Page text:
Before curvina fishing starts, the Government and fishing sector must urgently adopt additional measures to differentiate legal and orderly fishing from illegal activities, and to demonstrate that the curvina fishery does not interact with neither vaquita nor totoaba.
Fishing for curvina could start earlier than expected in the Upper Gulf of California, without the necessary management measures in place to demonstrate that this fishery does not affect the critically endangered vaquita. EDF has advocated (2016, 2017) for significantly improving management measures, has advised officials and has offered help with implementation. Allowing any fishing activity in the Upper Gulf without necessary measures in place has serious implications. We urge the Government of Mexico and the fishing communities to adopt them as soon as possible. Read More »
This piece was originally published in Spanish on February 5, 2017 in El Universal.
The future of the vaquita – a porpoise endemic to the Upper Gulf of California – and the jobs of thousands of people living in the region are in jeopardy.
In recent weeks numerous reports have made public that rampant illegal poaching of the endangered totoaba fish continues – sought for its valuable swim bladder and sold for thousands of dollars in the Chinese black market.
Experts in fishing and environmental issues concur that totoaba poaching in the region is not only threatening the endangered totoaba, but is also the main source of mortality of the vaquita, which is on the brink of extinction. Environmental Defense Fund is seriously concerned about this situation and the equilibrium of the marine ecosystem in the Upper Gulf. Read More »
A new report by an independent global organization lays out an eight-point plan to reverse ocean decline and advance recovery of the high seas.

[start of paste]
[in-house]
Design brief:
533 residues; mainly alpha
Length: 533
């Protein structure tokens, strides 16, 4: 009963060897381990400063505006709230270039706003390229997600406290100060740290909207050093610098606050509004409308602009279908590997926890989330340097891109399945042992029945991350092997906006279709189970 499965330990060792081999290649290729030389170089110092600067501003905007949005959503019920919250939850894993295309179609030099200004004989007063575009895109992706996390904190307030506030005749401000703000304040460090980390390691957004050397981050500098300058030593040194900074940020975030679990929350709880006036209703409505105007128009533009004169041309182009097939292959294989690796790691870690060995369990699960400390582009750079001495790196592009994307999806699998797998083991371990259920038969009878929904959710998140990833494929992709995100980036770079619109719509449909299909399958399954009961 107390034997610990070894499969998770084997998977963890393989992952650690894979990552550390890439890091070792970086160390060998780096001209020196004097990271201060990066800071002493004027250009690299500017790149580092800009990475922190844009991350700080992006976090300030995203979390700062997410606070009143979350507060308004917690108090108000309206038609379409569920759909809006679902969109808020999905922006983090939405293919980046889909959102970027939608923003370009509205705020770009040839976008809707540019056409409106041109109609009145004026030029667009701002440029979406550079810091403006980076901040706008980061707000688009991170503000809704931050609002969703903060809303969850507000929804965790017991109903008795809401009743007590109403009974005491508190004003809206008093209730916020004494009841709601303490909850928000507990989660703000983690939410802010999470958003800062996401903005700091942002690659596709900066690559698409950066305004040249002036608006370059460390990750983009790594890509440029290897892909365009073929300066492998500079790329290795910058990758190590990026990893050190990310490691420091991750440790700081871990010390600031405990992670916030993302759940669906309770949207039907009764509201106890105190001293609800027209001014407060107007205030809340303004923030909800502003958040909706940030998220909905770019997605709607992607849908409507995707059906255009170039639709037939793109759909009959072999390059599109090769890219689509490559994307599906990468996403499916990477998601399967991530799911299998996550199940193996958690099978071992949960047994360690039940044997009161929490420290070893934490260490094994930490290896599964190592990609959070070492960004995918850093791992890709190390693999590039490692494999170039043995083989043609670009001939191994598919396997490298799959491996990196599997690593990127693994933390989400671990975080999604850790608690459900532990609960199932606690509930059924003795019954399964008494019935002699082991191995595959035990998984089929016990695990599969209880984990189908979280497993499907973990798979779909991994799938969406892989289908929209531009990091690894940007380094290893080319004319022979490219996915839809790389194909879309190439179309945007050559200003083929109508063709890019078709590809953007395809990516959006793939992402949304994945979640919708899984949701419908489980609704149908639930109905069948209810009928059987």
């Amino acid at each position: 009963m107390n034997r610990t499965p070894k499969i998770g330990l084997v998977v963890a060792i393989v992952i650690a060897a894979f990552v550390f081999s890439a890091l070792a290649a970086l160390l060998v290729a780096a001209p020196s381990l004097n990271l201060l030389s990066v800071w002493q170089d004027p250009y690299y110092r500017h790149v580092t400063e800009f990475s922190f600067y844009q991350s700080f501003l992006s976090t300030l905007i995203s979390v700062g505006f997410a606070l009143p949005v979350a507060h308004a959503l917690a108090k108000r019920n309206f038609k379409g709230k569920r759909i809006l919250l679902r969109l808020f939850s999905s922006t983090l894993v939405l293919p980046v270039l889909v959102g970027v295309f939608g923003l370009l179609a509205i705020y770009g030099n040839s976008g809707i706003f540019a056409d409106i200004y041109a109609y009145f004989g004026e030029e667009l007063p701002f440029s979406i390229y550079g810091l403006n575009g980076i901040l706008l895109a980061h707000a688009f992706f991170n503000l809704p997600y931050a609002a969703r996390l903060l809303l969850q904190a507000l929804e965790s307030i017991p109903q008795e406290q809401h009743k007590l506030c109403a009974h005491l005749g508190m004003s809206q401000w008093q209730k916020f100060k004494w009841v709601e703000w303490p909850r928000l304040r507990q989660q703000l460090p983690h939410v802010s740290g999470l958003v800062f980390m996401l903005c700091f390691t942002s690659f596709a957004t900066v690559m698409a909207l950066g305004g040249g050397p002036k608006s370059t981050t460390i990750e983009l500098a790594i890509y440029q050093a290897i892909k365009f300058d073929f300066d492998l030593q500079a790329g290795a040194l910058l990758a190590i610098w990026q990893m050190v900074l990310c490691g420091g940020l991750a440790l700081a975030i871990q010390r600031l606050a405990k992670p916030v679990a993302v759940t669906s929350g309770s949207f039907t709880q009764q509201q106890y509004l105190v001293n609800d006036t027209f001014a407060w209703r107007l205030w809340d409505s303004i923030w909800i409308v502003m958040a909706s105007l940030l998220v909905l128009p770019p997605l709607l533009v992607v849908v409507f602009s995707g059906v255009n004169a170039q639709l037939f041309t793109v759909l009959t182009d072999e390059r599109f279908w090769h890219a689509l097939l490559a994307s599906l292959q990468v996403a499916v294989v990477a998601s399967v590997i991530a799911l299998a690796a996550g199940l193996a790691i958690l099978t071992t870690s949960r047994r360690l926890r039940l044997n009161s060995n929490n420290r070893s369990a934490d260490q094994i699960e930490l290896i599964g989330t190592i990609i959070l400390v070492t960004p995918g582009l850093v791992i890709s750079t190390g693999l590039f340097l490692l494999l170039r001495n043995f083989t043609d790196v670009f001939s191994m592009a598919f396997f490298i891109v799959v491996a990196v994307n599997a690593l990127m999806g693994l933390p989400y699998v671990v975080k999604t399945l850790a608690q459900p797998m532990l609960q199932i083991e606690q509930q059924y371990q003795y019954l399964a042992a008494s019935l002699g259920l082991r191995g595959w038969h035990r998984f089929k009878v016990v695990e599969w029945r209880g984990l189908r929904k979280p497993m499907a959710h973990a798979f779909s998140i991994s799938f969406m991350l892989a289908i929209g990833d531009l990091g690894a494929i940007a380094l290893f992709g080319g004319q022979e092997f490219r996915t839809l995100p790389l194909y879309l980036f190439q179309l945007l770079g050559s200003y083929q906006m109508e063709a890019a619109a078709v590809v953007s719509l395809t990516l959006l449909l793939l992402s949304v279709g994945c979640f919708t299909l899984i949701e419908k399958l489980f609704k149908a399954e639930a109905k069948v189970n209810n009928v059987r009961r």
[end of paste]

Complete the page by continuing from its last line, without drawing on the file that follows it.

The Global Ocean Commission (GOC), an independent organization of prominent leaders from around the globe formed to develop feasible solutions for key challenges facing the high seas, yesterday issued its final report, “From Decline to Recovery: A Rescue Package for the Global Ocean.” It outlines five drivers of ocean decline and an eight-part proposal to recover the high seas, an area of our oceans outside the jurisdiction of individual countries.
EDF applauds the commission for bringing high-level international attention to the important role oceans play in sustaining life on the planet, and we are pleased to see the optimism and solution-focus of the report. The commission’s call to action must be heeded; recovery of the ocean is both possible and imperative to sustaining life on earth. Read More »
On World Oceans Day we celebrated an ecosystem which is inextricably linked to our lives. Oceans cover about 70% of the planet and contain 99% of Earth’s living space. They are home to nearly half of all known species, generate most of the oxygen we breathe, help regulate the climate, and provide food for billions of people around the world. In fact, 2 billion people in the developing world depend on seafood for at least 50% of their nutritional needs.
There are myriad challenges facing the world’s oceans, including pollution, climate change, acidification and overfishing (often as a result of mis-management of fisheries), yet new policies and management tactics offer hope for improving the economic and environmental outlook of our oceans.
EDF is a founding partner of the World Bank’s Global Partnership for Oceans—an “alliance of more than 100 governments, international organizations, civil society groups, and private sector interests committed to addressing the threats to the health, productivity and resilience of the world’s oceans.” A separate but complimentary initiative is the “50 in 10 Initiative” which seeks to ensure that 50% of the world’s fish are caught under sustainable management by 2023. Consensus is emerging among global leaders that solutions to the problems we are facing exist—and can be scaled up to empower fisheries to deploy these proven solutions. Read More »